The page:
The Bipolar Lens

My view from the rollercoaster.

Am I My Diagnosis?

My Struggle Against the Straightjacket of Mental Illness Labels

The savagery of the Internet never fails to astonish me.  "You're an idiot and I hope you never publish another book," an anonymous reader emailed me recently.  He or she was furious that I had chosen to write, "I am bipolar" as opposed to "I have bipolar disorder."  Okay, already.  I get the point:  the illness should not define you.

But it does, to an extent.  I go up, I go down, I ricochet from extreme to extreme.  For me, the diagnosis has always felt justified.  That's why I've never fought it.  To the contrary, I embraced it from the start.  After thirty-four years of not knowing what on earth was wrong with me, I felt lucky at last to have found words that captured my condition.  It meant I could research the hell out of them and feel more assured by my knowledge.  It meant that certain treatments would apply, and others weren't appropriate.  It narrowed the lens, and brought the thrilling illusion of certainty to an otherwise hopelessly chaotic world.

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But lately I've found myself growing impatient with my old definitions.  Did that crank on the Internet hit a sore spot?  Is a diagnosis really all that I am?  It's been seventeen years since I was first called bipolar—high time, I think, to check in:  Am I still on comfortable terms with that label, or is it a straightjacket that no longer fits?

Recently, I was interviewed by the producer of an upcoming documentary about bipolar disorder.  He was a lovely man and great fun to talk to, but I found myself squirming a bit whenever he brought up the subject of mania.  He, like so many other people I've met—hundreds of them over the past five years since my first book "Manic" came out—seemed fascinated by the topic.  What does mania feel like, he asked.  What did you do the last time you were manic?  What happened next?  And then?

He didn't say this, but I could intuit his real question:  Tell me what it's really like, so I can feel it, too.

Mania doesn't thrill me anymore; it just makes me irritable.  It's certainly not the exuberant joy ride many people seem to think it is.  It's a bother and an intrusion into my otherwise fairly peaceful life.  I was manic just a few weeks ago in Manhattan—not for long, but long enough for me to spend all my money, every last cent, without a thought for tomorrow—leaving me stranded in the middle of an unfamiliar and none-too-friendly city.  Then I picked a quarrel with the person who showed up to rescue me, ruining what might have otherwise been a terrific night on the town. 

I caught a glimpse of myself in a ladies' room mirror that evening.  Straggle-haired and wild-eyed, I looked like a banshee in a little black dress.  That's not what I would choose to be, if the choice were mine to make.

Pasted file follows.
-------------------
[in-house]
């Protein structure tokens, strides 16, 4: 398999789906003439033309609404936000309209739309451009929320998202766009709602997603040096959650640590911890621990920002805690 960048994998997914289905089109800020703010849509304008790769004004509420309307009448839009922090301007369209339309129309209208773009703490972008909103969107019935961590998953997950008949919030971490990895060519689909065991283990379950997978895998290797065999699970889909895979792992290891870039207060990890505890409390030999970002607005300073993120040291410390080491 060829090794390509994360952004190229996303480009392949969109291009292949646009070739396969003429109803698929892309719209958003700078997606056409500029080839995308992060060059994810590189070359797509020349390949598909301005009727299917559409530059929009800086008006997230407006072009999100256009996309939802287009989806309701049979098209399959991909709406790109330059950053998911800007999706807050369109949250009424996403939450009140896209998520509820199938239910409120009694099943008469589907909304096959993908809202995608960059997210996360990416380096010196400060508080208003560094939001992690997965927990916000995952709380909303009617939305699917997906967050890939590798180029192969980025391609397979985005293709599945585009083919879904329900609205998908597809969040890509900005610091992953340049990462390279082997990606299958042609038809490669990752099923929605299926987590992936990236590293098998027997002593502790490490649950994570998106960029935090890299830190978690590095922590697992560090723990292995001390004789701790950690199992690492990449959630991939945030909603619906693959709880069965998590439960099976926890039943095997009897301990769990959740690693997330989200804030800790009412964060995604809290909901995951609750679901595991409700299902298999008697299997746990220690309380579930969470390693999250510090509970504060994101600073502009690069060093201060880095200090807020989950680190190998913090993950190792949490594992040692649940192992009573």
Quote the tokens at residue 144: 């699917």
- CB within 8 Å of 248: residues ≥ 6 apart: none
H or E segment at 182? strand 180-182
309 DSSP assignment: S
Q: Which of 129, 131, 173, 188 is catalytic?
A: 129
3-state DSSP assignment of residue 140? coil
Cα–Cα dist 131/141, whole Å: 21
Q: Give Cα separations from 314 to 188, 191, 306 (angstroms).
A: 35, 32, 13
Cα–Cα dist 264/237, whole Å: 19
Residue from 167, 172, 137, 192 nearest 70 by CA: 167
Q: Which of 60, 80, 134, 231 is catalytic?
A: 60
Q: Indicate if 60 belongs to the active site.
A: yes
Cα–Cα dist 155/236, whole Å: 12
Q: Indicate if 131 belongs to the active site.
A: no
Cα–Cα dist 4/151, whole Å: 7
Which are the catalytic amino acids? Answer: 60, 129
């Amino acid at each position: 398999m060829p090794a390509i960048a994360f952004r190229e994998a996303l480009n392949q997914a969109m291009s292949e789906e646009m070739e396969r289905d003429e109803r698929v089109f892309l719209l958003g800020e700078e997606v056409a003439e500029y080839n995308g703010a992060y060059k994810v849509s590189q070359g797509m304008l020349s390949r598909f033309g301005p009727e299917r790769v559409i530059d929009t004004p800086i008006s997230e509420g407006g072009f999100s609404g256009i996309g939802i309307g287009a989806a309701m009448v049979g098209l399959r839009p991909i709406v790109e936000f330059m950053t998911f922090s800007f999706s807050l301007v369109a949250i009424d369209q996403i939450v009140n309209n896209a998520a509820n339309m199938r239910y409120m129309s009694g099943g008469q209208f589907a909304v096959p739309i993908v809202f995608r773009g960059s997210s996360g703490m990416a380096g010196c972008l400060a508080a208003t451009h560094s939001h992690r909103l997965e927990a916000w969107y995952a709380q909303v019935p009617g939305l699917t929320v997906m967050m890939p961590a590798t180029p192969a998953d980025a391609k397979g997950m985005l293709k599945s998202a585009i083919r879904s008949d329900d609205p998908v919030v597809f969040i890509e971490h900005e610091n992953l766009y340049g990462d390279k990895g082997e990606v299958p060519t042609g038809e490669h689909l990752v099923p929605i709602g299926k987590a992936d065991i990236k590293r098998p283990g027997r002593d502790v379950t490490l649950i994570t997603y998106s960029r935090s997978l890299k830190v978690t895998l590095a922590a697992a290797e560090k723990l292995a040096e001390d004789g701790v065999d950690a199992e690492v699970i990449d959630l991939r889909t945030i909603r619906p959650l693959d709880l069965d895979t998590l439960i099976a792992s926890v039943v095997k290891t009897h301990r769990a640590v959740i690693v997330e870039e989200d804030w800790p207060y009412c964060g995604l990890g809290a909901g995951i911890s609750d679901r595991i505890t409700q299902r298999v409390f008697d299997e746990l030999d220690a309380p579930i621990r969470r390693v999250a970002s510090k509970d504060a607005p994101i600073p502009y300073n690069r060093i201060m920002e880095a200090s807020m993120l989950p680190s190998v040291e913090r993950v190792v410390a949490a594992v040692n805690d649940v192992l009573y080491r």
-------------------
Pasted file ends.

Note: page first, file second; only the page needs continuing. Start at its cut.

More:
I've got thirteen years of sobriety to my credit.  Maybe that's the problem.  Maybe I've gotten too sober to be really, truly manic—because when you're really, truly manic, repercussions never enter your mind.  But when you're sober, the very first thing you do is judge the hangover potential of any given situation.  So the glamour of wild dares and reckless sex and dangerous encounters with strangers eludes me nowadays.  I'd rather be cozy and safe at home.  I'd rather wake up and remember last night and the night before, and enough nights before that so I can actually feel I'm in charge of a life.  One that doesn't make me cringe.

And yet . . . bad as she is, I'd rather be that manic banshee in the little black dress than the ghoul that haunts my house when I'm depressed.  There's no love lost whatsoever between depression and me.  I don't want to know it, write about it, embrace it, define it, fight it, think about it, or fear it.  It's occupied my mind for as long as I can remember, and probably for several lives before that. 

I think I've paid sufficient homage to the darkness by now.  I have no romantic notions left.  I don't believe I have to suffer to write, or that suicide is a noble calling.  I see depression for what it is:  a beast that wants to rip out my marrow.  What a meal I've given it, all these years.  Get thee behind me, beast.

Here’s the truth:  I don't want to identify myself as either manic or depressed.  I want to be able to say what I'm feeling, but these clinical terms are like bold black graffiti—they deface whatever originally lay beneath them.  Was there ever a time when I wasn't bipolar?  It's not that I don't remember my life before I was diagnosed.  It's just that so little of it made any sense.  Without the clinical jargon, I would hardly know how to describe it.

So who am I, if not bipolar?

Terri Cheney is the author of Manic: A Memoir and The Dark Side of Innocence: Growing Up Bipolar.

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